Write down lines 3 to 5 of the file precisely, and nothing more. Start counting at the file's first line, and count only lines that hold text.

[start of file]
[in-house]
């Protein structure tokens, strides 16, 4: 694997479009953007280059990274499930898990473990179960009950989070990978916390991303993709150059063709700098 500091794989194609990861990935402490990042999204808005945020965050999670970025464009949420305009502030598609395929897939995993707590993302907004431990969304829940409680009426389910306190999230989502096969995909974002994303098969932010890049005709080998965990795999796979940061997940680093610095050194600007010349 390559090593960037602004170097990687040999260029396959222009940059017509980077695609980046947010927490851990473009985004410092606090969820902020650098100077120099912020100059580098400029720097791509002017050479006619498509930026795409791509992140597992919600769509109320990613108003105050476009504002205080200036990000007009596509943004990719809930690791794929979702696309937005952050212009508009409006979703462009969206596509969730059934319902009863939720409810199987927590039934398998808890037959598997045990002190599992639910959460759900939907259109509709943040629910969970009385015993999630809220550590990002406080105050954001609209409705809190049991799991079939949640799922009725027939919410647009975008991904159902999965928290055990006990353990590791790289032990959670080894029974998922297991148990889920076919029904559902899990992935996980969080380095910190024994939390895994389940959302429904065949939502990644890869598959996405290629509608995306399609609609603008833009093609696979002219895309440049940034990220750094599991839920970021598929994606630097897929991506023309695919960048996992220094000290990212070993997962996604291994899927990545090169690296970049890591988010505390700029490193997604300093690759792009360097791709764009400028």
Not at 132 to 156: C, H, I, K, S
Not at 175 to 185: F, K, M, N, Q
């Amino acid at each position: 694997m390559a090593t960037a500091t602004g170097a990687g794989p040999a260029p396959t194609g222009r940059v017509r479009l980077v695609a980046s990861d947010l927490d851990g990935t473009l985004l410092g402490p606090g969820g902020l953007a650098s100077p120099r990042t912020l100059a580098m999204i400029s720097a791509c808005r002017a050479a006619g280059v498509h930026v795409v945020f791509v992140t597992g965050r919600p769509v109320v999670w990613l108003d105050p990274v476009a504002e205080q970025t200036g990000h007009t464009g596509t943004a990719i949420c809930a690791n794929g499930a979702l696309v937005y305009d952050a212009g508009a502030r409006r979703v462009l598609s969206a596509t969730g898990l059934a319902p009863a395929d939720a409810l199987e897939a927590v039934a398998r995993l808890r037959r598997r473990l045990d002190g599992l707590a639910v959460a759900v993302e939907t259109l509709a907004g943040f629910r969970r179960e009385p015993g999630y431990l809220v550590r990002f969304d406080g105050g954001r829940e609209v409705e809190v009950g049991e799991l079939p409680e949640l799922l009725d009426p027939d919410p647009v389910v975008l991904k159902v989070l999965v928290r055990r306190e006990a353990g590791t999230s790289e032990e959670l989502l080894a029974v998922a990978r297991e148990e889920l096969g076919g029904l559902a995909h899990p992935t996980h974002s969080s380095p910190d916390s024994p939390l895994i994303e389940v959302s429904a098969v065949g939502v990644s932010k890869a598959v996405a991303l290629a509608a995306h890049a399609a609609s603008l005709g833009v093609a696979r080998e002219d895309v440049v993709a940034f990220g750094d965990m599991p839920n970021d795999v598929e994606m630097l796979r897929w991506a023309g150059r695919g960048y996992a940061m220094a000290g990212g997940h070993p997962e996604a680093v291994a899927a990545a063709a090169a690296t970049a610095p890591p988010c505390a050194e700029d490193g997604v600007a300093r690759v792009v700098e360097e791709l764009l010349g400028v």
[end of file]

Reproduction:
Not at 132 to 156: C, H, I, K, S
Not at 175 to 185: F, K, M, N, Q
């Amino acid at each position: 694997m390559a090593t960037a500091t602004g170097a990687g794989p040999a260029p396959t194609g222009r940059v017509r479009l980077v695609a980046s990861d947010l927490d851990g990935t473009l985004l410092g402490p606090g969820g902020l953007a650098s100077p120099r990042t912020l100059a580098m999204i400029s720097a791509c808005r002017a050479a006619g280059v498509h930026v795409v945020f791509v992140t597992g965050r919600p769509v109320v999670w990613l108003d105050p990274v476009a504002e205080q970025t200036g990000h007009t464009g596509t943004a990719i949420c809930a690791n794929g499930a979702l696309v937005y305009d952050a212009g508009a502030r409006r979703v462009l598609s969206a596509t969730g898990l059934a319902p009863a395929d939720a409810l199987e897939a927590v039934a398998r995993l808890r037959r598997r473990l045990d002190g599992l707590a639910v959460a759900v993302e939907t259109l509709a907004g943040f629910r969970r179960e009385p015993g999630y431990l809220v550590r990002f969304d406080g105050g954001r829940e609209v409705e809190v009950g049991e799991l079939p409680e949640l799922l009725d009426p027939d919410p647009v389910v975008l991904k159902v989070l999965v928290r055990r306190e006990a353990g590791t999230s790289e032990e959670l989502l080894a029974v998922a990978r297991e148990e889920l096969g076919g029904l559902a995909h899990p992935t996980h974002s969080s380095p910190d916390s024994p939390l895994i994303e389940v959302s429904a098969v065949g939502v990644s932010k890869a598959v996405a991303l290629a509608a995306h890049a399609a609609s603008l005709g833009v093609a696979r080998e002219d895309v440049v993709a940034f990220g750094d965990m599991p839920n970021d795999v598929e994606m630097l796979r897929w991506a023309g150059r695919g960048y996992a940061m220094a000290g990212g997940h070993p997962e996604a680093v291994a899927a990545a063709a090169a690296t970049a610095p890591p988010c505390a050194e700029d490193g997604v600007a300093r690759v792009v700098e360097e791709l764009l010349g400028v």